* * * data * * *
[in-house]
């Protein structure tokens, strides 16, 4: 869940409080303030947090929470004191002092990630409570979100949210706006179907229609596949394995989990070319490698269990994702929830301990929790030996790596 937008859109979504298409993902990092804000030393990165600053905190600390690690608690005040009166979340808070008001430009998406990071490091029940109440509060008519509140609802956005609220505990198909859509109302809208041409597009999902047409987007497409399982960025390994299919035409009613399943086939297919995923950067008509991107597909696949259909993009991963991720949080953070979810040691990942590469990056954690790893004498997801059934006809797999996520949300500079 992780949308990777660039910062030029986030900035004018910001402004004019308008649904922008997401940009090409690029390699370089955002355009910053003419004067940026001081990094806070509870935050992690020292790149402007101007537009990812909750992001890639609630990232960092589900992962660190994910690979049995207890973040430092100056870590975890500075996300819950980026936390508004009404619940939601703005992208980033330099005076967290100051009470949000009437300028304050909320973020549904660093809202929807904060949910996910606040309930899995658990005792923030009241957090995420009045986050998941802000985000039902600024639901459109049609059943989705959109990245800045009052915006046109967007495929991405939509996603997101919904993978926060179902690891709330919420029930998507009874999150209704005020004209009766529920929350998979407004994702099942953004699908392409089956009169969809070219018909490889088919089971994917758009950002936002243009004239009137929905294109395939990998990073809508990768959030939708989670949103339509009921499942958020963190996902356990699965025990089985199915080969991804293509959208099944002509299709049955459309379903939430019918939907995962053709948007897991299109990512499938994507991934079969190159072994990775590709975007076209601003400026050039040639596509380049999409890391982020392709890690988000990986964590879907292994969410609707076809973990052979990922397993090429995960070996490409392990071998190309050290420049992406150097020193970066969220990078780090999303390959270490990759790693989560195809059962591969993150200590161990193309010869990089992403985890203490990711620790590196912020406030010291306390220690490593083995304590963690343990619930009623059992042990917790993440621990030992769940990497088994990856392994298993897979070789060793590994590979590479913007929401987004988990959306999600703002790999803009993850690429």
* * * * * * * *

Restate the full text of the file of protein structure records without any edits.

[in-house]
């Protein structure tokens, strides 16, 4: 869940409080303030947090929470004191002092990630409570979100949210706006179907229609596949394995989990070319490698269990994702929830301990929790030996790596 937008859109979504298409993902990092804000030393990165600053905190600390690690608690005040009166979340808070008001430009998406990071490091029940109440509060008519509140609802956005609220505990198909859509109302809208041409597009999902047409987007497409399982960025390994299919035409009613399943086939297919995923950067008509991107597909696949259909993009991963991720949080953070979810040691990942590469990056954690790893004498997801059934006809797999996520949300500079 992780949308990777660039910062030029986030900035004018910001402004004019308008649904922008997401940009090409690029390699370089955002355009910053003419004067940026001081990094806070509870935050992690020292790149402007101007537009990812909750992001890639609630990232960092589900992962660190994910690979049995207890973040430092100056870590975890500075996300819950980026936390508004009404619940939601703005992208980033330099005076967290100051009470949000009437300028304050909320973020549904660093809202929807904060949910996910606040309930899995658990005792923030009241957090995420009045986050998941802000985000039902600024639901459109049609059943989705959109990245800045009052915006046109967007495929991405939509996603997101919904993978926060179902690891709330919420029930998507009874999150209704005020004209009766529920929350998979407004994702099942953004699908392409089956009169969809070219018909490889088919089971994917758009950002936002243009004239009137929905294109395939990998990073809508990768959030939708989670949103339509009921499942958020963190996902356990699965025990089985199915080969991804293509959208099944002509299709049955459309379903939430019918939907995962053709948007897991299109990512499938994507991934079969190159072994990775590709975007076209601003400026050039040639596509380049999409890391982020392709890690988000990986964590879907292994969410609707076809973990052979990922397993090429995960070996490409392990071998190309050290420049992406150097020193970066969220990078780090999303390959270490990759790693989560195809059962591969993150200590161990193309010869990089992403985890203490990711620790590196912020406030010291306390220690490593083995304590963690343990619930009623059992042990917790993440621990030992769940990497088994990856392994298993897979070789060793590994590979590479913007929401987004988990959306999600703002790999803009993850690429």